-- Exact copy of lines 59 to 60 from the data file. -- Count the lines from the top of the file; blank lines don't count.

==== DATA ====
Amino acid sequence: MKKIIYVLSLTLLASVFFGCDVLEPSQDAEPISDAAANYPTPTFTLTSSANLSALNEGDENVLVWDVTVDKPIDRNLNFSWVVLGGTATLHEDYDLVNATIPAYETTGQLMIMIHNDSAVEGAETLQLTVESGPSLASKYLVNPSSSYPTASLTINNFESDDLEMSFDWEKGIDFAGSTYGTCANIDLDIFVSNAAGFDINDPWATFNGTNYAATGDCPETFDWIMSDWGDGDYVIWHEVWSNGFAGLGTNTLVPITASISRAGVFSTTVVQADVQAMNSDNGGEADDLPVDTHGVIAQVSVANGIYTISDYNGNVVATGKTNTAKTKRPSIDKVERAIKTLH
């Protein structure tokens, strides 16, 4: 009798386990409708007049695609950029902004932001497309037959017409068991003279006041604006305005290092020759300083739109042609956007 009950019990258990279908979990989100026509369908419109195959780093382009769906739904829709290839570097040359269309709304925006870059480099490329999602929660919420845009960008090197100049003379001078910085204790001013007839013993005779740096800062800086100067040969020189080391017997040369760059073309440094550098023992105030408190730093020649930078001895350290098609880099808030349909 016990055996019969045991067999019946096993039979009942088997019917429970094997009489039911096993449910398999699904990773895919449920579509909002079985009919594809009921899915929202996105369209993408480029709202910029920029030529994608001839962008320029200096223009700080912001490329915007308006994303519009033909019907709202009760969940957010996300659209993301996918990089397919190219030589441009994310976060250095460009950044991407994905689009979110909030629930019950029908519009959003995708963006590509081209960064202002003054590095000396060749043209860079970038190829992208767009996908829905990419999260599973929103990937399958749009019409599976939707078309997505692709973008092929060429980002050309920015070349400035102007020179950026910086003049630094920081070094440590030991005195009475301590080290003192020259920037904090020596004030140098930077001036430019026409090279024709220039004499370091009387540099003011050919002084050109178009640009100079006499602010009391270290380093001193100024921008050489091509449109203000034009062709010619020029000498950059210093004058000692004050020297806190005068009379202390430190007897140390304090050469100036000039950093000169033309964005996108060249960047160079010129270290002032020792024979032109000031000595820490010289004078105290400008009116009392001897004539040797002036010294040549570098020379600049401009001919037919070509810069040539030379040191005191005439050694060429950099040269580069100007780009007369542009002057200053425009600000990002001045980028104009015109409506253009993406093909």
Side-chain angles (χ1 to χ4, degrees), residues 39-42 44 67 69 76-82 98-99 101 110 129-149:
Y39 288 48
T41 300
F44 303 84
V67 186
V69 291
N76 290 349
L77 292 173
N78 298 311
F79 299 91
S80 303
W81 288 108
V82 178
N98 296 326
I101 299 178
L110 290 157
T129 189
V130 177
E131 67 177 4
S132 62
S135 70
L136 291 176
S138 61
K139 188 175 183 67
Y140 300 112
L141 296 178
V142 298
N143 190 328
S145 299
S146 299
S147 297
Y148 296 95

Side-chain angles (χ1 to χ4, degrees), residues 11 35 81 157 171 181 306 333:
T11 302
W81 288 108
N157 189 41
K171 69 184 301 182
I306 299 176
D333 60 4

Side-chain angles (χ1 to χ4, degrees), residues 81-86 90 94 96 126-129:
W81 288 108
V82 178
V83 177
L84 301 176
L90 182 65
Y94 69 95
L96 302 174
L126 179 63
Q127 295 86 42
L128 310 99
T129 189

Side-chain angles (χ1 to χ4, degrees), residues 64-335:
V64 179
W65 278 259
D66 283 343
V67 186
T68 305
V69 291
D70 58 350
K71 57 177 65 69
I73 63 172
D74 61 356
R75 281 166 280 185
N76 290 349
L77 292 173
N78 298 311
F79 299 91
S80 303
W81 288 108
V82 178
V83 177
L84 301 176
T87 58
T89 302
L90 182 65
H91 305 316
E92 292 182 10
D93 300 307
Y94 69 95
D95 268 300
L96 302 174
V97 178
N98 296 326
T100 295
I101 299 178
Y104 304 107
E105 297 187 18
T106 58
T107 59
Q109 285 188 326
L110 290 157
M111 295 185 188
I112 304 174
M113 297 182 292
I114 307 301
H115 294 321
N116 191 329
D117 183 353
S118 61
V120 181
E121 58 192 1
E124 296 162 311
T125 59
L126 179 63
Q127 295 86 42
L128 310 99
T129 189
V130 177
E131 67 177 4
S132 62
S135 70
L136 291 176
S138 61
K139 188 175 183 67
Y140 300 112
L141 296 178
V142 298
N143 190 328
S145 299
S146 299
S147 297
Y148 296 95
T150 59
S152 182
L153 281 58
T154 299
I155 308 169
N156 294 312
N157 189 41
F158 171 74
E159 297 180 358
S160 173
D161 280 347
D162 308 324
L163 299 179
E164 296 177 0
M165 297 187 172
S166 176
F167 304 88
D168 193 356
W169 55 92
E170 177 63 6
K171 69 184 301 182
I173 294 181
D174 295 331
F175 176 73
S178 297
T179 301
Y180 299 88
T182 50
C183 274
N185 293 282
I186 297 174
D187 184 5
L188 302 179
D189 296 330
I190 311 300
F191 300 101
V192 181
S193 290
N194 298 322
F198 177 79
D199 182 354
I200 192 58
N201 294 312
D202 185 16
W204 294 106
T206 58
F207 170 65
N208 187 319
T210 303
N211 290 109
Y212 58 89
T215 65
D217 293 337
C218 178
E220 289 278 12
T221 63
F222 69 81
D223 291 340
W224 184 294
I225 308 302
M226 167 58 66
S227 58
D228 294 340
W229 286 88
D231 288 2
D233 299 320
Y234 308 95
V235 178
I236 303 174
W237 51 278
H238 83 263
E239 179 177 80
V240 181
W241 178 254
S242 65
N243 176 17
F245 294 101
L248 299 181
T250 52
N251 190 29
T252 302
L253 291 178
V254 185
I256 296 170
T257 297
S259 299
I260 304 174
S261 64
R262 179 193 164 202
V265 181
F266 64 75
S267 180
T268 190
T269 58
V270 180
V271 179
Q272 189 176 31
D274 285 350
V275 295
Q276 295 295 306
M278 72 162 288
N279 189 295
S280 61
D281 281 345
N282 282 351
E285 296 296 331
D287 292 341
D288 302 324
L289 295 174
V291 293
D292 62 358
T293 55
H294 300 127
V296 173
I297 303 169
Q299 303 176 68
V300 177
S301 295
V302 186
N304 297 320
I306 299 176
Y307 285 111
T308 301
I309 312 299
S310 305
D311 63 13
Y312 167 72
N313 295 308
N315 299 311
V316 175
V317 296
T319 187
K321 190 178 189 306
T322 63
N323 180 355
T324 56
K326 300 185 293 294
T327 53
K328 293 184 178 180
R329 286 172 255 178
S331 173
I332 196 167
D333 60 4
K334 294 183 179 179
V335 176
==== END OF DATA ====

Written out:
T68 305
V69 291